In a Queer Time and Place

Transgender Bodies, Subcultural Lives

213 pages

42 illustrations

January, 2005

ISBN: 9780814735855

$24

Paper

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Subjects:

Cultural StudiesLGBT Studies

Part of the Sexual Cultures series

Author

Judith Halberstam is Professor of American Studies and Ethnicity at the University of Southern California. She is the author of In a Queer Time and Place: Transgender Bodies, Subcultural Lives, Skin Shows: Gothic Horror and the Technology of Monsters, Female Masculinity and co-author with Del LaGrace Volcano of The Drag King Book.

All books by Judith Halberstam

In her first book since the critically acclaimed Female Masculinity, Judith Halberstam examines the significance of the transgender body in a provocative collection of essays on queer time and space. She presents a series of case studies focused on the meanings of masculinity in its dominant and alternative forms’especially female and trans-masculinities as they exist within subcultures, and are appropriated within mainstream culture.

In a Queer Time and Place opens with a probing analysis of the life and death of Brandon Teena, a young transgender man who was brutally murdered in small-town Nebraska. After looking at mainstream representations of the transgender body as exhibited in the media frenzy surrounding this highly visible case and the Oscar-winning film based on Brandon's story, Boys Don’t Cry, Halberstam turns her attention to the cultural and artistic production of queers themselves. She examines the “transgender gaze,” as rendered in small art-house films like By Hook or By Crook, as well as figurations of ambiguous embodiment in the art of Del LaGrace Volcano, Jenny Saville, Eva Hesse, Shirin Neshat, and others. She then exposes the influence of lesbian drag king cultures upon hetero-male comic films, such as Austin Powers and The Full Monty, and, finally, points to dyke subcultures as one site for the development of queer counterpublics and queer temporalities.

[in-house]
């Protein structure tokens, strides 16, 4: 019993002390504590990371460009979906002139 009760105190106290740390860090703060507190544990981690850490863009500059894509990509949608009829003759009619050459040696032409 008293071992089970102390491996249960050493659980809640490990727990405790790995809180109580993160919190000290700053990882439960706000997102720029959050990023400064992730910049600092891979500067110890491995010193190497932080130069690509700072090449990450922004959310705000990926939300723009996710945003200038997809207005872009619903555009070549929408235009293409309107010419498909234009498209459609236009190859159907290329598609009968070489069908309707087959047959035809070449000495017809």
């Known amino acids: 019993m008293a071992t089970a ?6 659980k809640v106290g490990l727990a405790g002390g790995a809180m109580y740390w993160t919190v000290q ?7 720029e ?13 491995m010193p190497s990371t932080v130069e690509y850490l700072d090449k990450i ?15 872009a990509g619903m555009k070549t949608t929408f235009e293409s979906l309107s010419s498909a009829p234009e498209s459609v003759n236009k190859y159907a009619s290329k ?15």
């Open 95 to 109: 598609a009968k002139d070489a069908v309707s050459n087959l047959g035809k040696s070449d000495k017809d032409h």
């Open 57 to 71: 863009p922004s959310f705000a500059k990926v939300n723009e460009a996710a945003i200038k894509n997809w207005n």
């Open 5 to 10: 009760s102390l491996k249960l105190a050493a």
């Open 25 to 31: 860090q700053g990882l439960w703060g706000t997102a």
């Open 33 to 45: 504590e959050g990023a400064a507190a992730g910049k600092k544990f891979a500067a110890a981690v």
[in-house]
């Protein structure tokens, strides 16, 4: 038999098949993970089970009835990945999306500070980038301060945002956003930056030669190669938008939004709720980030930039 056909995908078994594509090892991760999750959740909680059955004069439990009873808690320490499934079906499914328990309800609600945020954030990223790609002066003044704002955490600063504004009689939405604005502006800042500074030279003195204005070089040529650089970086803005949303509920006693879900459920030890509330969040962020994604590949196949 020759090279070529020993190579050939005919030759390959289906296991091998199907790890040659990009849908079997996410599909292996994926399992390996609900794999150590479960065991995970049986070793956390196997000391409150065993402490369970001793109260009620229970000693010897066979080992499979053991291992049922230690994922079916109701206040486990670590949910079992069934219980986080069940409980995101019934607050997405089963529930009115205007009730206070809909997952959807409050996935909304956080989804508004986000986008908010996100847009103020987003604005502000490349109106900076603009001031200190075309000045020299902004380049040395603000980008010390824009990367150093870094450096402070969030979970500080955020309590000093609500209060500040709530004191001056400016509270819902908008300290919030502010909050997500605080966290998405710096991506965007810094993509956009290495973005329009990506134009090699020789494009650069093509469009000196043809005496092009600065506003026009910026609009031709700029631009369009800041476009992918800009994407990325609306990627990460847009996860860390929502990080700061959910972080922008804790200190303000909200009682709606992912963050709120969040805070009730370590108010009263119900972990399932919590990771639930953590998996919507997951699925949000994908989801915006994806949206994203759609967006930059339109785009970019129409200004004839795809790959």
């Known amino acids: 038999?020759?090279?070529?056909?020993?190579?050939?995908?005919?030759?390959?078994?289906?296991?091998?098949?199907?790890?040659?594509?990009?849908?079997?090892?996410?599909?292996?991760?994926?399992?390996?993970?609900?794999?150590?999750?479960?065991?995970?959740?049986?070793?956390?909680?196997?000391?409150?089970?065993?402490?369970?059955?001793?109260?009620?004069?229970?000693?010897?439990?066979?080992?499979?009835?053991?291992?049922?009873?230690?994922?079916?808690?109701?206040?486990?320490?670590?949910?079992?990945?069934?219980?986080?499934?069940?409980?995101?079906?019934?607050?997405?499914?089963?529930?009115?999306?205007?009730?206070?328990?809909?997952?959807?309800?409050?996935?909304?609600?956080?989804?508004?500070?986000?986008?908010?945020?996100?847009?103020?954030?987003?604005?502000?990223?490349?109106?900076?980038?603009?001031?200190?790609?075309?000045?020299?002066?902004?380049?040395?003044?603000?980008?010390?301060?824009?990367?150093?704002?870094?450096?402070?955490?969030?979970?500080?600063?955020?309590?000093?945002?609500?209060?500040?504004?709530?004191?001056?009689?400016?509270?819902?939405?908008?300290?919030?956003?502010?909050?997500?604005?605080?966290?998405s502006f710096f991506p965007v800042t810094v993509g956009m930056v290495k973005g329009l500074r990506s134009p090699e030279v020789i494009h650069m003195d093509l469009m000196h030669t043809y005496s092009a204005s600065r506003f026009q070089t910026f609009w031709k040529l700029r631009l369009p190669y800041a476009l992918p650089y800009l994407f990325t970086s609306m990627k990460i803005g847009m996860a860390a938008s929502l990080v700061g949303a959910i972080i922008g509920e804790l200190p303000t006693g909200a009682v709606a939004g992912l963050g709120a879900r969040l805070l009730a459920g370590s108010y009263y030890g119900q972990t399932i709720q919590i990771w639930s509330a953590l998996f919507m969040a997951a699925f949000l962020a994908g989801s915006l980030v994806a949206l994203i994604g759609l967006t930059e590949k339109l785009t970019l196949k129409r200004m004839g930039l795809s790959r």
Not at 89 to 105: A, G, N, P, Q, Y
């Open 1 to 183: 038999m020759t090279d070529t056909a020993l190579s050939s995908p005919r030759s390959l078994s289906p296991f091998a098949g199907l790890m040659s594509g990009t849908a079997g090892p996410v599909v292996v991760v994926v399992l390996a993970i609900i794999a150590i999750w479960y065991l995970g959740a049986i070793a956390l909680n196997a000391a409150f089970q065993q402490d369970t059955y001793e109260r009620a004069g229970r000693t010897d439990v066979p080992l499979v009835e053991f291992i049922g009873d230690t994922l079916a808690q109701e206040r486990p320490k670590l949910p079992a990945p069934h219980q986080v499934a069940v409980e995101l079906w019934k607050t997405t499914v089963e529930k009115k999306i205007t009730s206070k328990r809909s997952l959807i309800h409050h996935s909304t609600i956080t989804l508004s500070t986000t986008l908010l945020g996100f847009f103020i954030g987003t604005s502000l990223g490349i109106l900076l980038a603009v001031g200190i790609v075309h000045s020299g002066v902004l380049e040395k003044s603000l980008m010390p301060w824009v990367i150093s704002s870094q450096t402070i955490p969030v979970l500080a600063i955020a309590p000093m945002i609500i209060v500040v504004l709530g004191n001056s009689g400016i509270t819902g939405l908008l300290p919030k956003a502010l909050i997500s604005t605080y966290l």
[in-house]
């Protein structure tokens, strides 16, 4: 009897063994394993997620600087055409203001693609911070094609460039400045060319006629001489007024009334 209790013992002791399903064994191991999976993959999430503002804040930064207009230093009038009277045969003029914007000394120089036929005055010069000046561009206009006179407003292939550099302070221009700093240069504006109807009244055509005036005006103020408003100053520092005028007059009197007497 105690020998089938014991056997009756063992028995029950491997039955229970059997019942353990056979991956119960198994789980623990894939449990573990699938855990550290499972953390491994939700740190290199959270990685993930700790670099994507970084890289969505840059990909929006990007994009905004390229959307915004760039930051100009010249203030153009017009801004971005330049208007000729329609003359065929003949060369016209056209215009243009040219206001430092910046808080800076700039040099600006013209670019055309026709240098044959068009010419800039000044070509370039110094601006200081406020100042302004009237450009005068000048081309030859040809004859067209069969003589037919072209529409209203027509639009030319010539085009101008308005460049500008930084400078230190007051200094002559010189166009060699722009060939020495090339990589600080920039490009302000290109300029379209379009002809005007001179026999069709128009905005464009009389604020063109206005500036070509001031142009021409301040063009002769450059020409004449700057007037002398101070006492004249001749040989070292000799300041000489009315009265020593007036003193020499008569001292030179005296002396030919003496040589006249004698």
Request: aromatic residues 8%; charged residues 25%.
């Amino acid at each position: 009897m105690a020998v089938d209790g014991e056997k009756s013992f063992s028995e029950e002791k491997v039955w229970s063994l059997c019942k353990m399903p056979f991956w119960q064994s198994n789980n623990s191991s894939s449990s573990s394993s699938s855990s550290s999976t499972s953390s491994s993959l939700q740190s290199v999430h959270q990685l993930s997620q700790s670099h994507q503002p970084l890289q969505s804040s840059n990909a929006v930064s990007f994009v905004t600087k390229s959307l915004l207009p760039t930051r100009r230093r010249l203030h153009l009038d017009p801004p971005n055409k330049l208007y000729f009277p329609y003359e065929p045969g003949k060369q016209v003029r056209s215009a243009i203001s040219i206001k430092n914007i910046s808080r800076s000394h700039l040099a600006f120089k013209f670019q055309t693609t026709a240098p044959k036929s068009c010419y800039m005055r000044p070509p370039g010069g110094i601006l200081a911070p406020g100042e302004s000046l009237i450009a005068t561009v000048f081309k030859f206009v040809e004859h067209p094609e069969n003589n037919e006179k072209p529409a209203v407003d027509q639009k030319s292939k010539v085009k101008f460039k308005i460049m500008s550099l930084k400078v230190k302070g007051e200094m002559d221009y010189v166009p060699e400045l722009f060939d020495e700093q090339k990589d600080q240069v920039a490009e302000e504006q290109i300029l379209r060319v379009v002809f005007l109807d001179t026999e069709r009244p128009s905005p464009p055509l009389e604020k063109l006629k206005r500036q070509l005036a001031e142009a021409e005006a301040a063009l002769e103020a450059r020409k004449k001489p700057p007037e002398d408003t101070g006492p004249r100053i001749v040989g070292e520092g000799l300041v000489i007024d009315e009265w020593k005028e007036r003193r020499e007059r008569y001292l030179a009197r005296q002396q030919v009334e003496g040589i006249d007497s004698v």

Considering the sudden visibility of the transgender body in the early twenty-first century against the backdrop of changing conceptions of space and time, In a Queer Time and Place is the first full-length study of transgender representations in art, fiction, film, video, and music. This pioneering book offers both a jumping off point for future analysis of transgenderism and an important new way to understand cultural constructions of time and place.

Reviews

  • “Halberstam’s marvelous new book combines fierce argumentation, vivid description, astute as well as hilarious commentary. The author not only provides a powerful critique of common defenses and dismissals of 'postmodernism,' but offers a redefinition of ‘identity politics’ for the new millennium as well.“

    —Lisa Duggan, author of Twilight of Equality: Neoliberalism, Cultural Politics, and the Attack on Democracy

  • “The wide-ranging scope of (Halberstam’s) work both serves to make her book accessible to many kinds of readers as well as to show the wide scope in which her argument registers. This makes her book a joy to read. Similarly, her wit and ability to capture large theoretical terms in rich and layered (and funny!) images contributes to the pleasure of this book of ‘theory’.”

    The Cream City Review

  • “This small seductive book pours warmth as Halberstam confesses and connects movements of pop culture and high art to a deeper understanding of the potentials of the body. She includes us in her world and its privileged understanding of her subject....In a Queer Time displays Halberstam’s sophisticated understanding of contemporary culture in a plain and engaging tone.”

    Pop Matters

  • “An extremely honest and provocative book. Judith Halberstam’s In A Queer Time and Place both validates and admires the beauty of the transperson as well as the genderqueer in this new era of identity performance. It is an incredible portrayal of the partnership between trans issues and gay and lesbian issues that I applaud with a full heart.”

    —JD Samson, from the band Le Tigre

  • “Halberstam’s text is academically important, critiquing identity politics and examining uncommon but essential transgender representations in art, film, and society.”

    The Bloomsbury Review